In this issue, Dr. Alghamdi reviews the current management options of liver trauma, emphasizing when nonoperative management should and should not be offered for one of the most commonly injured organs.

  References Top

Holder Y, Peden M, Kurg E, Lund J, Gururaj G, Kobusingye O. Injury Surveillance Guidelines. Geneva: World Health Organization; 2001. Available from: http://www.who.int/violence_injury_prevention/media/en/136.pdf. [Last accessed on 2017 Feb 02].  Back to cited text no. 1
Mathers C, Fat DM, Boerma JT. The Global Burden of Disease: 2004 Update. Geneva, Switzerland: World Health Organization; 2008.  Back to cited text no. 2
Al-Naami MY, Arafah MA, Al-Ibrahim FS. Trauma care systems in Saudi Arabia: An agenda for action. Ann Saudi Med 2010;30:50-8.  Back to cited text no. 3
[PUBMED]  [Full text]  
Ministry of Health. Health Statistical Yearbook. Kingdom of Saudi Arabia, 2014. Riyadh: Ministry of Health; 2014.  Back to cited text no. 4
van Haarst EP, van Bezooijen BP, Coene PP, Luitse JS. The efficacy of serial physical examination in penetrating abdominal trauma. Injury 1999;30:599-604.  Back to cited text no. 5
Brooks AJ, Rowlands BJ. Blunt abdominal injuries. Br Med Bull 1999;55:844-55.  Back to cited text no. 6
Al-Mulhim AS, Mohammad HA. Non-operative management of blunt hepatic injury in multiply injured adult patients. Surgeon 2003;1:81-5.  Back to cited text no. 7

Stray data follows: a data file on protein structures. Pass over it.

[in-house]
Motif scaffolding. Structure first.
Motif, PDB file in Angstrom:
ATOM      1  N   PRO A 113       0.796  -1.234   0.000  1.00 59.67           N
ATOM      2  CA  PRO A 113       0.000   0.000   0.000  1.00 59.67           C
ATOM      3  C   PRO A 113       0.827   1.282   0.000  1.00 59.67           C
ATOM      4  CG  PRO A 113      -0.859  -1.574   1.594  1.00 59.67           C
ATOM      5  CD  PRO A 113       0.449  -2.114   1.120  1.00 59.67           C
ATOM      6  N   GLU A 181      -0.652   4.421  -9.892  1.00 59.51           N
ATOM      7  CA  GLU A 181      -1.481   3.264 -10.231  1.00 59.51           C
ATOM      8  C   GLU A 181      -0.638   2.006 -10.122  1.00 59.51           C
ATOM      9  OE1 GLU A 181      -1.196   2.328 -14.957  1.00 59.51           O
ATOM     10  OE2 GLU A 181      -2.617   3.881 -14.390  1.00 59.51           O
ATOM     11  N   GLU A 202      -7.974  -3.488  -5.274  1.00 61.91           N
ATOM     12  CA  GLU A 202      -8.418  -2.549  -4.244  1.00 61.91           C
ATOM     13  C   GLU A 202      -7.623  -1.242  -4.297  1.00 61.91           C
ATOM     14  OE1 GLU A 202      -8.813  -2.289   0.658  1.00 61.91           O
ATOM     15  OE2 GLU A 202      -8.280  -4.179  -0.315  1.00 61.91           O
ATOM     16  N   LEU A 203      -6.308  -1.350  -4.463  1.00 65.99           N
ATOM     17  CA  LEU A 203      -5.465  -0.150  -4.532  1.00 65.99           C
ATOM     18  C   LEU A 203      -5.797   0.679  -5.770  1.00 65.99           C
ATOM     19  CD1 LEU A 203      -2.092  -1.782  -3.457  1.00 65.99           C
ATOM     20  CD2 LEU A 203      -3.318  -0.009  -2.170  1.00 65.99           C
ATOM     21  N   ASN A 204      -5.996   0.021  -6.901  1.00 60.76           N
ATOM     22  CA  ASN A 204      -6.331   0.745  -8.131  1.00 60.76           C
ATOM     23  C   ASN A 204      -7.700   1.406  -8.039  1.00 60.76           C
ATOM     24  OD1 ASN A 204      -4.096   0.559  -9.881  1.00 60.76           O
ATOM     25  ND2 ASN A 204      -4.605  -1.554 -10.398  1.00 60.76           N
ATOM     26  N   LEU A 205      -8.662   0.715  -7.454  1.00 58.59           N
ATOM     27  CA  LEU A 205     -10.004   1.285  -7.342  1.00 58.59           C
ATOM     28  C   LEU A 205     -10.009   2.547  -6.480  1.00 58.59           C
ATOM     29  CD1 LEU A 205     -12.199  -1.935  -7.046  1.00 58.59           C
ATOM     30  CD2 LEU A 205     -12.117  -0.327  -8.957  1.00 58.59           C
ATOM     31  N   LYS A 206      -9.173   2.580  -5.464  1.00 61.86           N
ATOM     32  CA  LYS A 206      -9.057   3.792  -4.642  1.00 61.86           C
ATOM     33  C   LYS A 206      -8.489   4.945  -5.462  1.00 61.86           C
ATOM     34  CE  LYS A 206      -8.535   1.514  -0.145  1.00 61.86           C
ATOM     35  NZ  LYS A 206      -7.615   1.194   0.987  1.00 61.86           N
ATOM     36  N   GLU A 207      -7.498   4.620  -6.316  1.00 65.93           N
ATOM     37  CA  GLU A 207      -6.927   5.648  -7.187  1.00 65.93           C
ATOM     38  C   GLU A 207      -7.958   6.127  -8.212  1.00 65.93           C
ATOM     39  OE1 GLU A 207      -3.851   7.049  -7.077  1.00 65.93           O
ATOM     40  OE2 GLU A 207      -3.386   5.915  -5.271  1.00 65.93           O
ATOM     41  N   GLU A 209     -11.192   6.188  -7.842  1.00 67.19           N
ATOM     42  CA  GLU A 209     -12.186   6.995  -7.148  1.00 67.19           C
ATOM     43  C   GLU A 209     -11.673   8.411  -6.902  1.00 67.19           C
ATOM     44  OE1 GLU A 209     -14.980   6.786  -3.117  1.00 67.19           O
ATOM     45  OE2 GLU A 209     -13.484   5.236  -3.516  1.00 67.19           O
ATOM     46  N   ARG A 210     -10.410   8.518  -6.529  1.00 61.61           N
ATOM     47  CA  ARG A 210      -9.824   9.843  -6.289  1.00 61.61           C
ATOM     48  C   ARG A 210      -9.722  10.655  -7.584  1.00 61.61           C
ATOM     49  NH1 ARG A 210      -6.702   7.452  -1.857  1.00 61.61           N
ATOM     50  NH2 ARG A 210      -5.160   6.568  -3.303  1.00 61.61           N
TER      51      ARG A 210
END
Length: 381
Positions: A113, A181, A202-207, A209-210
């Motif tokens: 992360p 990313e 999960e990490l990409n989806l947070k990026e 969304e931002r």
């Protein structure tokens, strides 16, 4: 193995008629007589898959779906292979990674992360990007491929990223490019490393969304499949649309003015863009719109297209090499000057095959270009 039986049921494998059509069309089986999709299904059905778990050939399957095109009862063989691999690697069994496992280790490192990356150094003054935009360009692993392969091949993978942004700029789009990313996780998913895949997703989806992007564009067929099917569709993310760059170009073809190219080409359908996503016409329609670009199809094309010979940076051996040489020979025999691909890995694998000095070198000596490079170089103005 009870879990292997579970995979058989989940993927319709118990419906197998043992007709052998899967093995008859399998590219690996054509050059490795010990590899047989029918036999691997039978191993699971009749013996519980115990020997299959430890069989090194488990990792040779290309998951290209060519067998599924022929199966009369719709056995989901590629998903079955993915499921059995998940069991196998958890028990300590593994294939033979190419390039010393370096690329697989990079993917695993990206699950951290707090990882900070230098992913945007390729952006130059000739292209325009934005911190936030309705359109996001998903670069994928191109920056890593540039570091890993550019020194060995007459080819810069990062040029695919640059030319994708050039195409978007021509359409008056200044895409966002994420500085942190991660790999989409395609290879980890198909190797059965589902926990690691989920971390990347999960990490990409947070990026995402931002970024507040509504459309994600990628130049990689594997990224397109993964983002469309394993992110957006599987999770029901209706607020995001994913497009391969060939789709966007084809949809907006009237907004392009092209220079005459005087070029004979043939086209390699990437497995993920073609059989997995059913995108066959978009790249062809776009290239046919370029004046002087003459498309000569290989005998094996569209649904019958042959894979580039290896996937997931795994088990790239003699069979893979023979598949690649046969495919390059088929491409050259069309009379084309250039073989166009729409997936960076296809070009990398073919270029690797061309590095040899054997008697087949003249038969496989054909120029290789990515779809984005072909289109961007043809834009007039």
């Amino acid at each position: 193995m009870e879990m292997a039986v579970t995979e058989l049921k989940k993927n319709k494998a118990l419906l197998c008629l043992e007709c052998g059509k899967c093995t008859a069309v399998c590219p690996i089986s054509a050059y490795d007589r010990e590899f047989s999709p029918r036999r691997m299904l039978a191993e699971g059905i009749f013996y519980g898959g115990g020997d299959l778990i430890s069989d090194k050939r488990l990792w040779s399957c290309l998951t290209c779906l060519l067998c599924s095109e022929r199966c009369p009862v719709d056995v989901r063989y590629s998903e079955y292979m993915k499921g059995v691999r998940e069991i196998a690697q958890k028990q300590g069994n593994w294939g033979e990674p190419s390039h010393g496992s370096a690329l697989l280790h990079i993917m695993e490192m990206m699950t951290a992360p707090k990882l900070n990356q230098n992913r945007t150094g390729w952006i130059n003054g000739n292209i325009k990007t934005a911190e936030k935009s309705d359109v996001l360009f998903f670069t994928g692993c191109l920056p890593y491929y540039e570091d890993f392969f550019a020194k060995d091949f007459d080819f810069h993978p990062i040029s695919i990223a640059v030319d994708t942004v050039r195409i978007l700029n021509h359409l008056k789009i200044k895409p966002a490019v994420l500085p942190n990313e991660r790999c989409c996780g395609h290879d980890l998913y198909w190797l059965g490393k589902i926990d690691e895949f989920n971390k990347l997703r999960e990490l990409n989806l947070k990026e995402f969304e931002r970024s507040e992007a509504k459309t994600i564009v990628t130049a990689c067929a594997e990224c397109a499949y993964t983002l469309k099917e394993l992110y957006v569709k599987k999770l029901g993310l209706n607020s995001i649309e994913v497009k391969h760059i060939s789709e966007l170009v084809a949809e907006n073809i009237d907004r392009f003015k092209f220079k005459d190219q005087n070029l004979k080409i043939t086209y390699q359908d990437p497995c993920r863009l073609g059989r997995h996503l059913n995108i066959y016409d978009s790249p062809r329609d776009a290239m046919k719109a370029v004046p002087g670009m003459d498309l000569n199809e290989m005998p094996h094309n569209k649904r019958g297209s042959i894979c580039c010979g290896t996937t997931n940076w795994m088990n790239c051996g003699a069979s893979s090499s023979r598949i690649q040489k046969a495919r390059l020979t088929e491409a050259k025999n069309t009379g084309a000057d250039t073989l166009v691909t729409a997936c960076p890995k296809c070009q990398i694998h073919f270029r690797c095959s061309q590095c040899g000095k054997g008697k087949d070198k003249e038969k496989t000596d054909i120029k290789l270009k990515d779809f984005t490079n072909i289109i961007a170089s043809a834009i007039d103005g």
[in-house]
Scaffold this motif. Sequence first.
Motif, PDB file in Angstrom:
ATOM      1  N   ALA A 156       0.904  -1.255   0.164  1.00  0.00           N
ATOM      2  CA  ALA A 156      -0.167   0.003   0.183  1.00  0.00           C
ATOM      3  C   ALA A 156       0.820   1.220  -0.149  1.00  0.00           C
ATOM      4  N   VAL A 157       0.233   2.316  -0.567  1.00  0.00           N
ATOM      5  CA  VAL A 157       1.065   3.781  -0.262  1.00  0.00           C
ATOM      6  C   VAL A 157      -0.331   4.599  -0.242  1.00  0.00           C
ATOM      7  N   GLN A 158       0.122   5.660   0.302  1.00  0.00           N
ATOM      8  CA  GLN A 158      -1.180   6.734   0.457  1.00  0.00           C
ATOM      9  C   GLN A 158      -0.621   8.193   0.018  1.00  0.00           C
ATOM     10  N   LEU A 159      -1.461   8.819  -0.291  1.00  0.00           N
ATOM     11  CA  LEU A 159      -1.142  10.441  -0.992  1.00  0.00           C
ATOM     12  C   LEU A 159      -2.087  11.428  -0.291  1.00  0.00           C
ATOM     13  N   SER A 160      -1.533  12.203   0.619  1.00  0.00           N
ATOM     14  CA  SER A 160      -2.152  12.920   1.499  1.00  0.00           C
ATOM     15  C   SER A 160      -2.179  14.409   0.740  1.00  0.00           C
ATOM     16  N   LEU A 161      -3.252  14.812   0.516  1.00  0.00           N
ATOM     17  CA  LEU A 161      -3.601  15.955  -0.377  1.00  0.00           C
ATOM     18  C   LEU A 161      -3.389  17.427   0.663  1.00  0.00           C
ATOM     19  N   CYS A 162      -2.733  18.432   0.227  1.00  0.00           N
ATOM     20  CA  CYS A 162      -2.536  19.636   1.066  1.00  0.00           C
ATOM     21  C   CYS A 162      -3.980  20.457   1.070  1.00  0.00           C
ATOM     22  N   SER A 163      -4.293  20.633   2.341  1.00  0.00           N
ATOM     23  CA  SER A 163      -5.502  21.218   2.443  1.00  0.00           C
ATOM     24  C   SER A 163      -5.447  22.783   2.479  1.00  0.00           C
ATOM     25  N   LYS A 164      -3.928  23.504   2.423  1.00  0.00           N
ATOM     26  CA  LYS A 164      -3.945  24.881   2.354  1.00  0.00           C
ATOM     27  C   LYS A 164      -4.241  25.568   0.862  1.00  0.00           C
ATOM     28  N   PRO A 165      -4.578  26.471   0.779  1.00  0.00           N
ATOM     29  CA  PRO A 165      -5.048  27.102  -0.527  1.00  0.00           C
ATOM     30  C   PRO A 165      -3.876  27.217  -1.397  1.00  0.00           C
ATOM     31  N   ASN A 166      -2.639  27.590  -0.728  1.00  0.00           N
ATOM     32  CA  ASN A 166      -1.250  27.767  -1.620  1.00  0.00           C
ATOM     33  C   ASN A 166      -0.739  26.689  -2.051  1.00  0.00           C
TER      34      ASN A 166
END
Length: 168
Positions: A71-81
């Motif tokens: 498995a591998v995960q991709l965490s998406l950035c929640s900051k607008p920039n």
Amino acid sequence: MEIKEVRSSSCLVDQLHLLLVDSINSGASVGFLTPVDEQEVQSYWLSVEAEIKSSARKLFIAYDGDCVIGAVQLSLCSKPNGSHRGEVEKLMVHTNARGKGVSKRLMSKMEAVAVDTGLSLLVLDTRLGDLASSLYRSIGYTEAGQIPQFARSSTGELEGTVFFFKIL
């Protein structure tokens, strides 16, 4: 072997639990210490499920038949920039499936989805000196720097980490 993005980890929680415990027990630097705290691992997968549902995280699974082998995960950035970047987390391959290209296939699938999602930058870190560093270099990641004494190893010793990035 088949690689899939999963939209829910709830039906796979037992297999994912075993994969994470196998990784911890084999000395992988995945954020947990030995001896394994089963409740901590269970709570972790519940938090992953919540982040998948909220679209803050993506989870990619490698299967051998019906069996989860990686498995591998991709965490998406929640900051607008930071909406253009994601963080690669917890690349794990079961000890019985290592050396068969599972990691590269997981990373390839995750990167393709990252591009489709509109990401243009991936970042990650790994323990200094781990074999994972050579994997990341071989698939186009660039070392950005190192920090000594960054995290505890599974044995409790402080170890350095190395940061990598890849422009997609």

Petrowsky H, Raeder S, Zuercher L, Platz A, Simmen HP, Puhan MA, et al. A quarter century experience in liver trauma: A plea for early computed tomography and conservative management for all hemodynamically stable patients. World J Surg 2012;36:247-54.  Back to cited text no. 8
David Richardson J, Franklin GA, Lukan JK, Carrillo EH, Spain DA, Miller FB, et al. Evolution in the management of hepatic trauma: A 25-year perspective. Ann Surg 2000;232:324-30.  Back to cited text no. 9
Misselbeck TS, Teicher EJ, Cipolle MD, Pasquale MD, Shah KT, Dangleben DA, et al. Hepatic angioembolization in trauma patients: Indications and complications. J Trauma 2009;67:769-73.  Back to cited text no. 10
Asensio JA, Demetriades D, Chahwan S, Gomez H, Hanpeter D, Velmahos G, et al. Approach to the management of complex hepatic injuries. J Trauma 2000;48:66-9.  Back to cited text no. 11
Cameron PA, Gabbe BJ, Cooper DJ, Walker T, Judson R, McNeil J. A statewide system of trauma care in Victoria: Effect on patient survival. Med J Aust 2008;189:546-50.  Back to cited text no. 12
Gabbe BJ, Biostat GD, Lecky FE, Bouamra O, Woodford M, Jenks T, et al. The effect of an organized trauma system on mortality in major trauma involving serious head injury: A comparison of the United Kingdom and Victoria, Australia. Ann Surg 2011;253:138-43.  Back to cited text no. 13
MacKenzie EJ, Rivara FP, Jurkovich GJ, Nathens AB, Frey KP, Egleston BL, et al. A national evaluation of the effect of trauma-center care on mortality. N Engl J Med 2006;354:366-78.  Back to cited text no. 14
Nathens AB, Brunet FP, Maier RV. Development of trauma systems and effect on outcomes after injury. Lancet 2004;363:1794-801.  Back to cited text no. 15